Seven Common GMAT Mistakes

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There are many ways to keep your GMAT score low. I hope you don't do any of them, but very few students can honestly claim to be free of all seven dangers I list below.

1. Answering Every Question

Unless you're really, really good at the GMAT (GMAT Math in particular), you won't have time to fully address every single question. The more time you spend on the questions you can't quite answer, the less time you'll have for easier questions later on in the test.

Solution: Plan to guess on a handful of questions per section.

2. Focusing Too Much on the First 5-10 Questions

Everybody has heard about the apparent importance of the first 5-10 questions. In the end, though, that's a myth. Of course, it would be nice to get them all right, but the more time you spend on the first questions in each section, the more your score will suffer as you rush through the last 30.

Solution: Treat every question equally.

3. Not Enough Scratchwork

Under the pressure of test day and the clock ticking down, many test-takers are tempted to spend less time writing down notes and figuring out problems on paper. You have plenty of scratch paper, and you can always ask for more. In my experience, students who write down more are able to work through problems that much faster.

Solution: Practice consistent scratchwork, and follow that pattern when you take the GMAT.

4. Interpreting Question Difficulty

We all know that the GMAT is an adaptive test, so if you start seeing questions that look easy, it's tempting to conclude that you must not be doing well. Sometimes that's the case, and sometimes it's not. That conclusion has serious side-effects: Regardless of how true it is, it's the worst possible thing to tell yourself when you are trying to stay positive and answer every question you can.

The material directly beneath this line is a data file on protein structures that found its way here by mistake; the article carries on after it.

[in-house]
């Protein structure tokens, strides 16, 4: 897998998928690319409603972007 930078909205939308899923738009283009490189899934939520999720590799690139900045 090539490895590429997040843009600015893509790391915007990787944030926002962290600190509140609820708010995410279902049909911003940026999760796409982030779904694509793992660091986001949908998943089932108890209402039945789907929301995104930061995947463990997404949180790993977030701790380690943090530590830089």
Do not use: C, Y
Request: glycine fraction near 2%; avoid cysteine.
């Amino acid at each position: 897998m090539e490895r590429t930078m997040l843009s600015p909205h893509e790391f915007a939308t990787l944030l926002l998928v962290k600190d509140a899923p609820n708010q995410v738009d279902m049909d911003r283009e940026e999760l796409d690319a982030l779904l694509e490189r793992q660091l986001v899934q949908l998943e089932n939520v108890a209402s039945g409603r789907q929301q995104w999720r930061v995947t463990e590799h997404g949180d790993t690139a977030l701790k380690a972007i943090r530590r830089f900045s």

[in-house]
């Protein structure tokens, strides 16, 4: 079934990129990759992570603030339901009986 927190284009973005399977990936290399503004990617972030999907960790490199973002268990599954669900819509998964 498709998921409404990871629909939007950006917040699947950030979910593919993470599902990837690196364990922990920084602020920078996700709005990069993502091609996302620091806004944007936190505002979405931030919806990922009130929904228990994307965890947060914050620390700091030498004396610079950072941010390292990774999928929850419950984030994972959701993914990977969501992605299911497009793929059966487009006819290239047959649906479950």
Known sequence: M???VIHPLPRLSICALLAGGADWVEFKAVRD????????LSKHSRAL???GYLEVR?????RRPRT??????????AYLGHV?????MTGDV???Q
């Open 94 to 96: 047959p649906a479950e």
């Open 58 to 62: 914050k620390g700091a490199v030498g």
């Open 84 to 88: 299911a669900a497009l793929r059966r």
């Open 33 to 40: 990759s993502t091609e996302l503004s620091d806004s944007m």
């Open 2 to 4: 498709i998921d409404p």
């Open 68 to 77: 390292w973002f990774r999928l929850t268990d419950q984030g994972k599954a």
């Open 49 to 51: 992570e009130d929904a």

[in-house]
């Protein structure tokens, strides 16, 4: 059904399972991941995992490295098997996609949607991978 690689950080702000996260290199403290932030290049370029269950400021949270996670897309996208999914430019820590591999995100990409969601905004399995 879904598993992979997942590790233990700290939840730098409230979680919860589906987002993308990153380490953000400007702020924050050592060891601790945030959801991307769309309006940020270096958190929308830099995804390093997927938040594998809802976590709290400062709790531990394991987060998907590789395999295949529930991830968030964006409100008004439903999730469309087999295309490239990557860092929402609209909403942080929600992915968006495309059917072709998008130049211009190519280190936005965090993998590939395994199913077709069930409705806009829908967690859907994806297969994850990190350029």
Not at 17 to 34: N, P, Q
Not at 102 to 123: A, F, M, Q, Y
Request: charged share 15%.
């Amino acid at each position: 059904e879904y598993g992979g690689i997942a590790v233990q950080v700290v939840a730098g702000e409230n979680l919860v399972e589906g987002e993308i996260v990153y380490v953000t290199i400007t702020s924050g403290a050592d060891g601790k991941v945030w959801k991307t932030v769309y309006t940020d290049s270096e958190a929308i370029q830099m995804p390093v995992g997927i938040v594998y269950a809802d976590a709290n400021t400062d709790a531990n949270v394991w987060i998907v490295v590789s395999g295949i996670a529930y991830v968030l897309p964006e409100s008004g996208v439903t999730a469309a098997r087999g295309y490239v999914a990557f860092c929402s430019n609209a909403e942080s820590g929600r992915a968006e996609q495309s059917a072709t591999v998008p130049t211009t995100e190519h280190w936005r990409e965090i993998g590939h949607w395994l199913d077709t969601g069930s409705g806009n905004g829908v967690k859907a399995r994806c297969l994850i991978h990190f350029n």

Solution: Ignore the difficulty level of each question. Treat easy ones as a gift and a way to save time.

5. Calculating on Data Sufficiency

On Data Sufficiency questions, there's no place to enter a numerical answer. Still, too many students don't feel confident in saying that a statement is sufficient until they've solved for x. It's a waste of time.

Solution: Train yourself to recognize sufficient choices well before you find the precise value of x.

6. Making Assumptions in Critical Reasoning

Many CR questions are like logic puzzles. You are asked to make an inference or find a claim that strengthens the argument, and the passage uses very precise language. Many students, instead of carefully analyzing each of the several sentences in the passage, skim the passage and make their own assumptions. It's a subtle trap, but a dangerous one.

Solution: Don't assume anything that isn't in the passage.

7. Avoiding Sentence Correction Choice (A)

On GMAT SC questions, choice (A) is always the same as the original sentence. It's what you choose if you think the sentence is already correct. Perhaps because the question type is called "Sentence Correction," many students avoid choosing (A) at all costs. In fact, (A) is just as common as the other choices.

Solution: Don't be afraid to choose (A)!

As you might have noticed, there are a lot of links in this article. As these are common errors, I've written about many of them before. If you think you might make some of these mistakes, I encourage you to go read more about them so that you won't fall prey when you take the GMAT!



About the author: Jeff Sackmann has written many GMAT preparation books, including the popular Total GMAT Math, Total GMAT Verbal, and GMAT 111. He has also created explanations for problems in The Official Guide, as well as 1,800 practice GMAT math questions.

Total GMAT Math

The comprehensive guide to the GMAT Quant section. It's "far and away the best study material available," including over 300 realistic practice questions and more than 500 exercises!
Click to read more.